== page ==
Zaha Hadid: Early Paintings and Drawings, Serpentine Sackler Gallery, London, until 12th February, 2017
The Peak site plan, Hong-Kong, 1982-1983, 11038 x 4961 cm, Zaha Hadid
I was keen to see this exhibition of Hadid’s early paintings and drawings as they combine features which are both architectural and abstract which coincides elegantly with my arts practice project this year: Exploring Abstraction from Architecture.
Figure 2 below exemplifies Curator, Hans Ulrich Obrist’s description of Hadid as a:
… glowing admirer of Russian Constructivism, she made paintings influenced by Malevich, Tatlin, and Rodchenko. Among the many lesser known facets of her work are the free calligraphy drawings in which she often explored the ideas that would later be transformed into architecture. Hans Ulrich Obrist, 2016, Curator Serpentine https://www.artforum.com/passages/id=59951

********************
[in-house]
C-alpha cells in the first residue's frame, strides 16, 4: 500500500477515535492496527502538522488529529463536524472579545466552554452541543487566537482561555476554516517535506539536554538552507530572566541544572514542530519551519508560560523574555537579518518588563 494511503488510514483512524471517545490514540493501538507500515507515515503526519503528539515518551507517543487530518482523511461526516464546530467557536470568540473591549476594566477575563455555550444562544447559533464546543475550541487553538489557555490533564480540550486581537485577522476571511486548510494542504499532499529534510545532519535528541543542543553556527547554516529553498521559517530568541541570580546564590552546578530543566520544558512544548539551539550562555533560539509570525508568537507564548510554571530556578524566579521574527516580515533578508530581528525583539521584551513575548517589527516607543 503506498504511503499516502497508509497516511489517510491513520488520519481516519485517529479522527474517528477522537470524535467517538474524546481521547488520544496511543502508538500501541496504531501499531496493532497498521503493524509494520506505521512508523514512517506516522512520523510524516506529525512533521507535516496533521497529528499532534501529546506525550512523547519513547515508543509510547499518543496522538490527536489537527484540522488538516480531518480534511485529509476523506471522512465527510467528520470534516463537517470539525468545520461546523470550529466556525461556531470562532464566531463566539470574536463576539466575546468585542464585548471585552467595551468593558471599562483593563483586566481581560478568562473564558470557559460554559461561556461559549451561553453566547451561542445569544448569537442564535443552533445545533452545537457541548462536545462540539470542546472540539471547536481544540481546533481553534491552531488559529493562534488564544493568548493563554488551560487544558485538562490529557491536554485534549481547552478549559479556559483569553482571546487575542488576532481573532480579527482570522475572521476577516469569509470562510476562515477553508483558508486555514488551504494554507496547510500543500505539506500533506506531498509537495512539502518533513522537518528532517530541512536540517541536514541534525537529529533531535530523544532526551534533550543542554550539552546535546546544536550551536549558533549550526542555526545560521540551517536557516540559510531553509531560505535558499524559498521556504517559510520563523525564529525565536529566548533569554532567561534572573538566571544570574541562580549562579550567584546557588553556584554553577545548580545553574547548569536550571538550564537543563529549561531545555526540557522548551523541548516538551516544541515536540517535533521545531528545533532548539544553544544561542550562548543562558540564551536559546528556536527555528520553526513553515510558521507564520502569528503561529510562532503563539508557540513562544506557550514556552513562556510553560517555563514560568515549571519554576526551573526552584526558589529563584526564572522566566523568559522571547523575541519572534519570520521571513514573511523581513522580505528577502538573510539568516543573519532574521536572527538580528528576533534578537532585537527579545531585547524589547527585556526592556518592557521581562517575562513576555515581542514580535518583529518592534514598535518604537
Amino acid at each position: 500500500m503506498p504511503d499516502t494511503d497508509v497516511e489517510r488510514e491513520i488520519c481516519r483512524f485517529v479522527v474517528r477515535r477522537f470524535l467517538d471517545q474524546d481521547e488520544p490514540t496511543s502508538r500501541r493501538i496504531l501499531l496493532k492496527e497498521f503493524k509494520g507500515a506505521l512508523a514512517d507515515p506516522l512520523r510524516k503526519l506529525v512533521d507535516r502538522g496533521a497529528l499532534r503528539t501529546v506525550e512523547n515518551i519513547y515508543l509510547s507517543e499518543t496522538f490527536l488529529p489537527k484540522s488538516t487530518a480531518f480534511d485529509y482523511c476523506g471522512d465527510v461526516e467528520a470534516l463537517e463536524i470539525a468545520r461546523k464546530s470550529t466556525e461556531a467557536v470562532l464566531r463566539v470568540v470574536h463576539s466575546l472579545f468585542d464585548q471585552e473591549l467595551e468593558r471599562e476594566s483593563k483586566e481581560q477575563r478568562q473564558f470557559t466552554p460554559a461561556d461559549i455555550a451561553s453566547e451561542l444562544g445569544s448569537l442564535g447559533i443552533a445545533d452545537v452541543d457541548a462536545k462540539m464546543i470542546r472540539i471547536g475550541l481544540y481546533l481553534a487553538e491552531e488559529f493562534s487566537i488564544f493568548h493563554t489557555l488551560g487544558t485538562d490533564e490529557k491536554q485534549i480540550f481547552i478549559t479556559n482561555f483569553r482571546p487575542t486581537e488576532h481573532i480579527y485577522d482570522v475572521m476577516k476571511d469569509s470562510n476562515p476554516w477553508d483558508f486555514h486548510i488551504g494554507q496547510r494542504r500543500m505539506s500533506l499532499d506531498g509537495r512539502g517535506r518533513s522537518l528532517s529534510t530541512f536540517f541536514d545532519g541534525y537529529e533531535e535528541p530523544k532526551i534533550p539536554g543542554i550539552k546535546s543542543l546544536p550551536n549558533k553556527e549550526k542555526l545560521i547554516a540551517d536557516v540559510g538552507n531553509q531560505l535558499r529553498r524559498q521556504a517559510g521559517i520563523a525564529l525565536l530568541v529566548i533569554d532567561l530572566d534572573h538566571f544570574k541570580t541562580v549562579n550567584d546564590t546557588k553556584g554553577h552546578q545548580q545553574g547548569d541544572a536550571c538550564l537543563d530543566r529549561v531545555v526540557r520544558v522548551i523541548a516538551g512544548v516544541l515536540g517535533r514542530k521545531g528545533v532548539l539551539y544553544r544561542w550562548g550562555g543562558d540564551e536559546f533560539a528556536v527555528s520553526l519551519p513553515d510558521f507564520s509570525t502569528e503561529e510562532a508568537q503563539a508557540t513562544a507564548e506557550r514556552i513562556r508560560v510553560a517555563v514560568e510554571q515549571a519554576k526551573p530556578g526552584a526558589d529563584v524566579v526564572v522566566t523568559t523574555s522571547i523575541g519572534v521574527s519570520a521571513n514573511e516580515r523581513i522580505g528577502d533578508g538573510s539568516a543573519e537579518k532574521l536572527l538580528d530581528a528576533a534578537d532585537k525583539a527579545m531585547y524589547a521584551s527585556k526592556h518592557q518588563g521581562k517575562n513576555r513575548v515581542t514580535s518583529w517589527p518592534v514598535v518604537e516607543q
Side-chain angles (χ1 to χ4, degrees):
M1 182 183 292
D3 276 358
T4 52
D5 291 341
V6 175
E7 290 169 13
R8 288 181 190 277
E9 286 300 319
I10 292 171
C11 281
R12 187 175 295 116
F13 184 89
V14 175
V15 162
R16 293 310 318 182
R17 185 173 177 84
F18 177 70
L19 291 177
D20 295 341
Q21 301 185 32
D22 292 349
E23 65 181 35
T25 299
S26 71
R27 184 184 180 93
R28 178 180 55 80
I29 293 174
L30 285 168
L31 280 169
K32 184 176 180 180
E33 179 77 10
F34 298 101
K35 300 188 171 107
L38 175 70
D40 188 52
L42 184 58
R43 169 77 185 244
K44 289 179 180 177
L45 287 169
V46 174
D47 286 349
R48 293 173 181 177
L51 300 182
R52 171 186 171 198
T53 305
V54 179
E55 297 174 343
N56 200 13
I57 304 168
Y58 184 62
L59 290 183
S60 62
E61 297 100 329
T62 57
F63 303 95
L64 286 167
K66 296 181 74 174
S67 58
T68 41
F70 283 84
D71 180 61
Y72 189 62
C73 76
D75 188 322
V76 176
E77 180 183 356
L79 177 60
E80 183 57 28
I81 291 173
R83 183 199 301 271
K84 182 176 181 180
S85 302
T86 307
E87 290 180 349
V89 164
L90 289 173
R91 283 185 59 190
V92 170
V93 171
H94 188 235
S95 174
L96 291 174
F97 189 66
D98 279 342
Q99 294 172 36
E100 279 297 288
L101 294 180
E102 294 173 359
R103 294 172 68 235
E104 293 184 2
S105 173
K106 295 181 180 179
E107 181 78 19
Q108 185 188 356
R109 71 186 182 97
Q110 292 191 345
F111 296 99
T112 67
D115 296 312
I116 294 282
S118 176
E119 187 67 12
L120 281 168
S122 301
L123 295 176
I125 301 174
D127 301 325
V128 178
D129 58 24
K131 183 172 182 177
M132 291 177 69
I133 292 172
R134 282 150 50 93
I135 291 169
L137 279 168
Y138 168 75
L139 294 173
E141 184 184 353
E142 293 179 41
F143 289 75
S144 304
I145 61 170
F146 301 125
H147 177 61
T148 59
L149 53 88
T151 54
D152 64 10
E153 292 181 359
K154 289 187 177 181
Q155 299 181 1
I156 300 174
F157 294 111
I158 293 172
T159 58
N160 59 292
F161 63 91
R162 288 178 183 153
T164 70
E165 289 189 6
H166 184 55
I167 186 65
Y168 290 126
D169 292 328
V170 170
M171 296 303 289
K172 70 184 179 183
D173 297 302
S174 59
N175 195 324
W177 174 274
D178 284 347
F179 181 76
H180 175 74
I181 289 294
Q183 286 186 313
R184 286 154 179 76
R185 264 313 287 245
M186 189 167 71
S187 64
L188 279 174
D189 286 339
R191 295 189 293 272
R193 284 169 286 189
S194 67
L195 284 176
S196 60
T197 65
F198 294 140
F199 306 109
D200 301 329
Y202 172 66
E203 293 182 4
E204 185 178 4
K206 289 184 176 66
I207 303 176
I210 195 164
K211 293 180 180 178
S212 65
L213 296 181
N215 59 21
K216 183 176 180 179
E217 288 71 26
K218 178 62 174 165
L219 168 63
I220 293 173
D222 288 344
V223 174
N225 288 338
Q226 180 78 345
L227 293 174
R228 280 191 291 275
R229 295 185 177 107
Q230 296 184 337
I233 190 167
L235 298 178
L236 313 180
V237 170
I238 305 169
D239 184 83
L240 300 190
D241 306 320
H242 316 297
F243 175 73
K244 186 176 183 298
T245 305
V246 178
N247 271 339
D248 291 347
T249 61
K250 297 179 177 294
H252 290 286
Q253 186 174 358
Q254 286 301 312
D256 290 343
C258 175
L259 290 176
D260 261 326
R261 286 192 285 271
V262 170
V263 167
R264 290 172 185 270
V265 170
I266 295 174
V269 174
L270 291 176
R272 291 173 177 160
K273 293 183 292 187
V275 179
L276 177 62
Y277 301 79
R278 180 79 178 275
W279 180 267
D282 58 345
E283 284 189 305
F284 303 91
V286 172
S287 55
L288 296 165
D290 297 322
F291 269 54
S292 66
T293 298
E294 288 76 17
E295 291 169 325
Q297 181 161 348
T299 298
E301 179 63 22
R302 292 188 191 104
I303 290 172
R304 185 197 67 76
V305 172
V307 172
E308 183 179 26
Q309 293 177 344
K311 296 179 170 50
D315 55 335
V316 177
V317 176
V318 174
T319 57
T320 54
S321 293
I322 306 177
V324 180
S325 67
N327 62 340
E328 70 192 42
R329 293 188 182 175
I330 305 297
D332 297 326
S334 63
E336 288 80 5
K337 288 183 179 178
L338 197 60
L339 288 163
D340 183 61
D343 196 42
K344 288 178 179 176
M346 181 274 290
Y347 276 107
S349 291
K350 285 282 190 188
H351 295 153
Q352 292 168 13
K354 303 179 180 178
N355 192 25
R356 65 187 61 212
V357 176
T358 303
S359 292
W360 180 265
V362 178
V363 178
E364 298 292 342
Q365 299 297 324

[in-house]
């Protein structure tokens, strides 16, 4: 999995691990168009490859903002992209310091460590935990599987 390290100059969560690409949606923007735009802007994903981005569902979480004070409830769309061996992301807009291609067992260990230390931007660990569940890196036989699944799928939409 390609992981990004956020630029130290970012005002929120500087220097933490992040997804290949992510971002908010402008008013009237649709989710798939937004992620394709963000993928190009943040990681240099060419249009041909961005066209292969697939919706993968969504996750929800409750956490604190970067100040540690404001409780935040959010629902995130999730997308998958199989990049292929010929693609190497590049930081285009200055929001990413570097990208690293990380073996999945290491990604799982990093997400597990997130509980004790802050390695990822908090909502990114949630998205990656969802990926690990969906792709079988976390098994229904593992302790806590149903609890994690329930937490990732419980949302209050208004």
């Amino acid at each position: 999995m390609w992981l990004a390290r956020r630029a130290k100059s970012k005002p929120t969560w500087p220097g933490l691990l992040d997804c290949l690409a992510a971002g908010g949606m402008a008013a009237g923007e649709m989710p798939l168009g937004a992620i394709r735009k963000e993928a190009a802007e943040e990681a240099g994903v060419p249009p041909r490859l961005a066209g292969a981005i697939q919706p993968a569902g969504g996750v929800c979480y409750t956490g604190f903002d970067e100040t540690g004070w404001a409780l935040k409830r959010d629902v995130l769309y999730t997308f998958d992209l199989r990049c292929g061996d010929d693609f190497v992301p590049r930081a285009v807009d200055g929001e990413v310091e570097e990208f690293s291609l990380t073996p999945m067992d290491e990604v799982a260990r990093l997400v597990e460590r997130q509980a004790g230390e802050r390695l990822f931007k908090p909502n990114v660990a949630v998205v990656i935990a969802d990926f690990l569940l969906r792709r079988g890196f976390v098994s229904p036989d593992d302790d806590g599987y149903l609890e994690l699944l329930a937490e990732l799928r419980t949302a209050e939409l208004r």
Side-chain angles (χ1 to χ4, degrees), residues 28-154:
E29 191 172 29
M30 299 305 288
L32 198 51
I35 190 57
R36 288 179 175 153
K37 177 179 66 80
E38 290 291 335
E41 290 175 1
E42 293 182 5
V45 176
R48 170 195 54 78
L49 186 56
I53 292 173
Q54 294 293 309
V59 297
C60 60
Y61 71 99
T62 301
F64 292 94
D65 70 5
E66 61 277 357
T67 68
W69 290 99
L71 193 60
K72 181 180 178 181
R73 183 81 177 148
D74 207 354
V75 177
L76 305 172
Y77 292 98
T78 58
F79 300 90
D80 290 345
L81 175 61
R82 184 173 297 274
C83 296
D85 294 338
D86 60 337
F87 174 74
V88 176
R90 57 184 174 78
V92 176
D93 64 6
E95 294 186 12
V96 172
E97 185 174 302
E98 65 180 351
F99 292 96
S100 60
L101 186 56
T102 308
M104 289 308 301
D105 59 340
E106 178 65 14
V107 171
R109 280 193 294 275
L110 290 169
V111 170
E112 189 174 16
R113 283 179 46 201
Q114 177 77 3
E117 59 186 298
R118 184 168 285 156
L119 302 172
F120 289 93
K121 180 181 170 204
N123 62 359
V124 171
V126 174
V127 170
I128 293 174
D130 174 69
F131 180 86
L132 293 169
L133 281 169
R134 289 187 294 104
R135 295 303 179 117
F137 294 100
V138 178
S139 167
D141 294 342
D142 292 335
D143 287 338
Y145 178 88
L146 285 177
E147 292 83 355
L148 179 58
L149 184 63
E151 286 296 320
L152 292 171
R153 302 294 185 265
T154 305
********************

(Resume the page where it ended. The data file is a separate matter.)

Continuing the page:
Horizontal Tektonic, Malevich’s Tektonic, London, 1977, acrylic on cartridge, 128 x 89 cm, Zaha Hadid
Hadid explained that one result of her interest in Malevich was her decision to employ painting as a “design tool”:
I found the traditional system of architectural drawing to be limiting and was searching for a new means of representation. Studying Malevich allowed me to develop abstraction as an investigative principle. Zaha Hadid, 2014.
I enjoyed the irony of discovering the statement above as I was starting from the opposite positon i.e. exploring architectural principles as a means of investigating abstraction. During my visit, I was particularly struck by Hadid’s mastery of perspective and proportion in her vast sweeping cityscapes.
Fig. 3 The Peak Blue Slabs, 1982 – 1983, dimensions unknown, Zaha Hadid